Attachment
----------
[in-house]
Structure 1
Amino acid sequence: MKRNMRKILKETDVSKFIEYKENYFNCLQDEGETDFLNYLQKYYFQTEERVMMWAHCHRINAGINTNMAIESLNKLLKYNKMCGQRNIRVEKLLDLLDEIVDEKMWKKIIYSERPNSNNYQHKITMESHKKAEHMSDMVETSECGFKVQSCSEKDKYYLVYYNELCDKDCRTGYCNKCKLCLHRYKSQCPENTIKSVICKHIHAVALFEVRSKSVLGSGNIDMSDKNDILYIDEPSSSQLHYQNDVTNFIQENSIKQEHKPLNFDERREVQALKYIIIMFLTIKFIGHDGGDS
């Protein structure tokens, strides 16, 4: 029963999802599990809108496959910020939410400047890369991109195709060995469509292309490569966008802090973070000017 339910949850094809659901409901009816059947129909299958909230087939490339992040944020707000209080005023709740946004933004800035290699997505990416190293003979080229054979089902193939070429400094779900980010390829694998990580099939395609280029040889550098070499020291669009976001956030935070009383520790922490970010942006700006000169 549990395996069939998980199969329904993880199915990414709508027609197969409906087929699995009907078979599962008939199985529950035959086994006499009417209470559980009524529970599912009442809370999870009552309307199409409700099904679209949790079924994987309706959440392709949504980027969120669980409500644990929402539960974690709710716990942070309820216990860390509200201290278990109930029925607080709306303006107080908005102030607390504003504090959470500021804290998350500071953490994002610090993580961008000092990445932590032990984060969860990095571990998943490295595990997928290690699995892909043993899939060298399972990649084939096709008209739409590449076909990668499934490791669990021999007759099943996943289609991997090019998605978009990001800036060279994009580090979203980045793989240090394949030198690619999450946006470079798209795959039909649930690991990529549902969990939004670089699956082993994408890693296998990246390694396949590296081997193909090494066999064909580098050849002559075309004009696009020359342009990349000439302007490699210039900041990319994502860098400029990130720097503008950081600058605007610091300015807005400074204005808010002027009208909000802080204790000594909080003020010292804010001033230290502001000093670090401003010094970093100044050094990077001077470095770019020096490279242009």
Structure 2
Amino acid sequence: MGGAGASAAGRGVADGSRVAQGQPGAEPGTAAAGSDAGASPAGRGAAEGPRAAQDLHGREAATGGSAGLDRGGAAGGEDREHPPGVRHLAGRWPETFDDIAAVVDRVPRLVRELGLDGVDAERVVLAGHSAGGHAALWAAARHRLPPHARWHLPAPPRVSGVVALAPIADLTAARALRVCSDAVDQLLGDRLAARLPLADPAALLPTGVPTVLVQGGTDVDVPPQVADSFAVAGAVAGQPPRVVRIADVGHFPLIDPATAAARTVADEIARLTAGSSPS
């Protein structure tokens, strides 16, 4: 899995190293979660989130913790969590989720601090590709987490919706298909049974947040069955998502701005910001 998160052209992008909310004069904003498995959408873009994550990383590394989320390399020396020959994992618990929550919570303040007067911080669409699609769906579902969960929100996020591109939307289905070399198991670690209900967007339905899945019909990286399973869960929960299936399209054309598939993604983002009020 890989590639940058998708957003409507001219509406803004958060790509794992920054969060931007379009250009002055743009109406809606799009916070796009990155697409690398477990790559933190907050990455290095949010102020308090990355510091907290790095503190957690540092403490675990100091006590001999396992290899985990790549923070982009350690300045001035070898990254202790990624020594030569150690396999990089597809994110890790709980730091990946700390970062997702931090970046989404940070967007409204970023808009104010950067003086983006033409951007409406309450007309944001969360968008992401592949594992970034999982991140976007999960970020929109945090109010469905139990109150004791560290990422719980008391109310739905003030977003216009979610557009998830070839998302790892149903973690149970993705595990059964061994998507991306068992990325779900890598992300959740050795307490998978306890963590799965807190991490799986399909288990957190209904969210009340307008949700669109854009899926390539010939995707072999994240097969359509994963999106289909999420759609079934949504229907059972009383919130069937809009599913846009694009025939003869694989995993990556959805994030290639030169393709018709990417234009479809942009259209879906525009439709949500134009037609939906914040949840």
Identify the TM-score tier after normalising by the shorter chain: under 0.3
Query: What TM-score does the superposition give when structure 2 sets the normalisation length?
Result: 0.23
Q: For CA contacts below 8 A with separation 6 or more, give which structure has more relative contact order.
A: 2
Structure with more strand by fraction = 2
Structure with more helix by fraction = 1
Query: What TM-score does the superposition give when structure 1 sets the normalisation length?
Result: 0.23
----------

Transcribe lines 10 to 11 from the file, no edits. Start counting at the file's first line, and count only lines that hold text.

Result: 0.23
Q: For CA contacts below 8 A with separation 6 or more, give which structure has more relative contact order.